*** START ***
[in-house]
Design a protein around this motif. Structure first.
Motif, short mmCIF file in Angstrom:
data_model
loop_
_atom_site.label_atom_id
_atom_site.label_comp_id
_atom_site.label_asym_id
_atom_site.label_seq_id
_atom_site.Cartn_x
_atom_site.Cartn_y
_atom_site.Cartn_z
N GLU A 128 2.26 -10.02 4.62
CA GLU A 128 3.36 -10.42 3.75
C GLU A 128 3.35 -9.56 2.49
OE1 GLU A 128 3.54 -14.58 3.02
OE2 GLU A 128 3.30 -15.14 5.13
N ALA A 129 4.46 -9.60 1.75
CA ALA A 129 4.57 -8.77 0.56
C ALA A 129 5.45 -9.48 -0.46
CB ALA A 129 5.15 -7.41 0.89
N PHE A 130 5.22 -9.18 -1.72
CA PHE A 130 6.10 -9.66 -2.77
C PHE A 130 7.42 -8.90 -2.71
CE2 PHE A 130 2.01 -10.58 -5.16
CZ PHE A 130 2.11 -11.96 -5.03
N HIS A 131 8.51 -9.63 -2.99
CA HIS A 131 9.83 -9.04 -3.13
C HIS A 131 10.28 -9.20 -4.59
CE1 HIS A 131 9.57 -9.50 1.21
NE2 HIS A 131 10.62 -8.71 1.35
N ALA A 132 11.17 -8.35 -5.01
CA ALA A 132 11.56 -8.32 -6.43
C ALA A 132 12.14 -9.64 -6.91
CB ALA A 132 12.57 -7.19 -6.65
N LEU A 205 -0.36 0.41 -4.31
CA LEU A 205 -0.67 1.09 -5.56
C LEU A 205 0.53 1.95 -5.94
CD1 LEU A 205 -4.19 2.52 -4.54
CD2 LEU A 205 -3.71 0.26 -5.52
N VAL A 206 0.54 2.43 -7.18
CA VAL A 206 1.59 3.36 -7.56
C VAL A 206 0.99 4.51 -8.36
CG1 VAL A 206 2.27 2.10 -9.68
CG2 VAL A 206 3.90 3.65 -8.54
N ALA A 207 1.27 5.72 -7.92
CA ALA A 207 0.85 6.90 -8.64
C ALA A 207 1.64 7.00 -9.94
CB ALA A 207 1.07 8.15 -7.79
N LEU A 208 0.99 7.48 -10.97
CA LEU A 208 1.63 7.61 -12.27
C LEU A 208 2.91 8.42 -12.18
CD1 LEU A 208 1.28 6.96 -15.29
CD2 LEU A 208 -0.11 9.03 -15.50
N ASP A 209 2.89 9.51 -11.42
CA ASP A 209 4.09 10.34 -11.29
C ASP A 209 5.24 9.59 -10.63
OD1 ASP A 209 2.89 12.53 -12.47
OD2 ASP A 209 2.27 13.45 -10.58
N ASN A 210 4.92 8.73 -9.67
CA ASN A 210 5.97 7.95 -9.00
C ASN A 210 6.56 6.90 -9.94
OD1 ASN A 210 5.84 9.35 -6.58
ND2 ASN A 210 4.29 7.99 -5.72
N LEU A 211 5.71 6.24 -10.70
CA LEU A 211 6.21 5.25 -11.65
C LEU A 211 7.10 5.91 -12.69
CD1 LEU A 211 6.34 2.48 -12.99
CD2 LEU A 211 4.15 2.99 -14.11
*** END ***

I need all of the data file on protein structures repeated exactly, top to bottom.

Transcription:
[in-house]
Design a protein around this motif. Structure first.
Motif, short mmCIF file in Angstrom:
data_model
loop_
_atom_site.label_atom_id
_atom_site.label_comp_id
_atom_site.label_asym_id
_atom_site.label_seq_id
_atom_site.Cartn_x
_atom_site.Cartn_y
_atom_site.Cartn_z
N GLU A 128 2.26 -10.02 4.62
CA GLU A 128 3.36 -10.42 3.75
C GLU A 128 3.35 -9.56 2.49
OE1 GLU A 128 3.54 -14.58 3.02
OE2 GLU A 128 3.30 -15.14 5.13
N ALA A 129 4.46 -9.60 1.75
CA ALA A 129 4.57 -8.77 0.56
C ALA A 129 5.45 -9.48 -0.46
CB ALA A 129 5.15 -7.41 0.89
N PHE A 130 5.22 -9.18 -1.72
CA PHE A 130 6.10 -9.66 -2.77
C PHE A 130 7.42 -8.90 -2.71
CE2 PHE A 130 2.01 -10.58 -5.16
CZ PHE A 130 2.11 -11.96 -5.03
N HIS A 131 8.51 -9.63 -2.99
CA HIS A 131 9.83 -9.04 -3.13
C HIS A 131 10.28 -9.20 -4.59
CE1 HIS A 131 9.57 -9.50 1.21
NE2 HIS A 131 10.62 -8.71 1.35
N ALA A 132 11.17 -8.35 -5.01
CA ALA A 132 11.56 -8.32 -6.43
C ALA A 132 12.14 -9.64 -6.91
CB ALA A 132 12.57 -7.19 -6.65
N LEU A 205 -0.36 0.41 -4.31
CA LEU A 205 -0.67 1.09 -5.56
C LEU A 205 0.53 1.95 -5.94
CD1 LEU A 205 -4.19 2.52 -4.54
CD2 LEU A 205 -3.71 0.26 -5.52
N VAL A 206 0.54 2.43 -7.18
CA VAL A 206 1.59 3.36 -7.56
C VAL A 206 0.99 4.51 -8.36
CG1 VAL A 206 2.27 2.10 -9.68
CG2 VAL A 206 3.90 3.65 -8.54
N ALA A 207 1.27 5.72 -7.92
CA ALA A 207 0.85 6.90 -8.64
C ALA A 207 1.64 7.00 -9.94
CB ALA A 207 1.07 8.15 -7.79
N LEU A 208 0.99 7.48 -10.97
CA LEU A 208 1.63 7.61 -12.27
C LEU A 208 2.91 8.42 -12.18
CD1 LEU A 208 1.28 6.96 -15.29
CD2 LEU A 208 -0.11 9.03 -15.50
N ASP A 209 2.89 9.51 -11.42
CA ASP A 209 4.09 10.34 -11.29
C ASP A 209 5.24 9.59 -10.63
OD1 ASP A 209 2.89 12.53 -12.47
OD2 ASP A 209 2.27 13.45 -10.58
N ASN A 210 4.92 8.73 -9.67
CA ASN A 210 5.97 7.95 -9.00
C ASN A 210 6.56 6.90 -9.94
OD1 ASN A 210 5.84 9.35 -6.58
ND2 ASN A 210 4.29 7.99 -5.72
N LEU A 211 5.71 6.24 -10.70
CA LEU A 211 6.21 5.25 -11.65
C LEU A 211 7.10 5.91 -12.69
CD1 LEU A 211 6.34 2.48 -12.99
CD2 LEU A 211 4.15 2.99 -14.11